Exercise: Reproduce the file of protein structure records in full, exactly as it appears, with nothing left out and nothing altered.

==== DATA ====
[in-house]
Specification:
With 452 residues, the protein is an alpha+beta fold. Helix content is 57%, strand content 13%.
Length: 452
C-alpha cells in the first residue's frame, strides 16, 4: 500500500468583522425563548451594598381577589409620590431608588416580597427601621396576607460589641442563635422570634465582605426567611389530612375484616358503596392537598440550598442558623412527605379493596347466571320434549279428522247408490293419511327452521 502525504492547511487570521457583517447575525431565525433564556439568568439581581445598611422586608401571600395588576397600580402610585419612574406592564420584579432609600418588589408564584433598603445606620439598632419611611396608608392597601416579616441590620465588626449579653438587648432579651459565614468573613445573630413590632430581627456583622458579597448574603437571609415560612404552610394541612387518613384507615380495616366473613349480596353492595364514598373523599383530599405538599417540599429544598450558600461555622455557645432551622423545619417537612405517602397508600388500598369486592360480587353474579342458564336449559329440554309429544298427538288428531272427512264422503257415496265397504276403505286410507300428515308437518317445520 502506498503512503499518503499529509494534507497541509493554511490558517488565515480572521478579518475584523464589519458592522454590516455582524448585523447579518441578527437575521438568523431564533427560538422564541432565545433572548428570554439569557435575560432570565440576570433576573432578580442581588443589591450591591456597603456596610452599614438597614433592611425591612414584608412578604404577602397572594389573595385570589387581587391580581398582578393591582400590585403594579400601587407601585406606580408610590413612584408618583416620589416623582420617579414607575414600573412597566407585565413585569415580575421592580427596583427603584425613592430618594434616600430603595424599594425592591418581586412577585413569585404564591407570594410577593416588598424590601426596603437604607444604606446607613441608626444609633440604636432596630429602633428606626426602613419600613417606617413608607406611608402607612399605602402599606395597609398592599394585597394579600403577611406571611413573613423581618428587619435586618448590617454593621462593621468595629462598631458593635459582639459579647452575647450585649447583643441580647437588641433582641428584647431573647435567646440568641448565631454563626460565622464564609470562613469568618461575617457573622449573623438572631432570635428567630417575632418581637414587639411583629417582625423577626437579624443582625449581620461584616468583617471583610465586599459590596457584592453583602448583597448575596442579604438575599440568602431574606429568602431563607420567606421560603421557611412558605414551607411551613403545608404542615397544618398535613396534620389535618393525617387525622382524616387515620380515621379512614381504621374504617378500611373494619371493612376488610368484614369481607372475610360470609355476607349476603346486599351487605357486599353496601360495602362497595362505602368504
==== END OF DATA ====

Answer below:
[in-house]
Specification:
With 452 residues, the protein is an alpha+beta fold. Helix content is 57%, strand content 13%.
Length: 452
C-alpha cells in the first residue's frame, strides 16, 4: 500500500468583522425563548451594598381577589409620590431608588416580597427601621396576607460589641442563635422570634465582605426567611389530612375484616358503596392537598440550598442558623412527605379493596347466571320434549279428522247408490293419511327452521 502525504492547511487570521457583517447575525431565525433564556439568568439581581445598611422586608401571600395588576397600580402610585419612574406592564420584579432609600418588589408564584433598603445606620439598632419611611396608608392597601416579616441590620465588626449579653438587648432579651459565614468573613445573630413590632430581627456583622458579597448574603437571609415560612404552610394541612387518613384507615380495616366473613349480596353492595364514598373523599383530599405538599417540599429544598450558600461555622455557645432551622423545619417537612405517602397508600388500598369486592360480587353474579342458564336449559329440554309429544298427538288428531272427512264422503257415496265397504276403505286410507300428515308437518317445520 502506498503512503499518503499529509494534507497541509493554511490558517488565515480572521478579518475584523464589519458592522454590516455582524448585523447579518441578527437575521438568523431564533427560538422564541432565545433572548428570554439569557435575560432570565440576570433576573432578580442581588443589591450591591456597603456596610452599614438597614433592611425591612414584608412578604404577602397572594389573595385570589387581587391580581398582578393591582400590585403594579400601587407601585406606580408610590413612584408618583416620589416623582420617579414607575414600573412597566407585565413585569415580575421592580427596583427603584425613592430618594434616600430603595424599594425592591418581586412577585413569585404564591407570594410577593416588598424590601426596603437604607444604606446607613441608626444609633440604636432596630429602633428606626426602613419600613417606617413608607406611608402607612399605602402599606395597609398592599394585597394579600403577611406571611413573613423581618428587619435586618448590617454593621462593621468595629462598631458593635459582639459579647452575647450585649447583643441580647437588641433582641428584647431573647435567646440568641448565631454563626460565622464564609470562613469568618461575617457573622449573623438572631432570635428567630417575632418581637414587639411583629417582625423577626437579624443582625449581620461584616468583617471583610465586599459590596457584592453583602448583597448575596442579604438575599440568602431574606429568602431563607420567606421560603421557611412558605414551607411551613403545608404542615397544618398535613396534620389535618393525617387525622382524616387515620380515621379512614381504621374504617378500611373494619371493612376488610368484614369481607372475610360470609355476607349476603346486599351487605357486599353496601360495602362497595362505602368504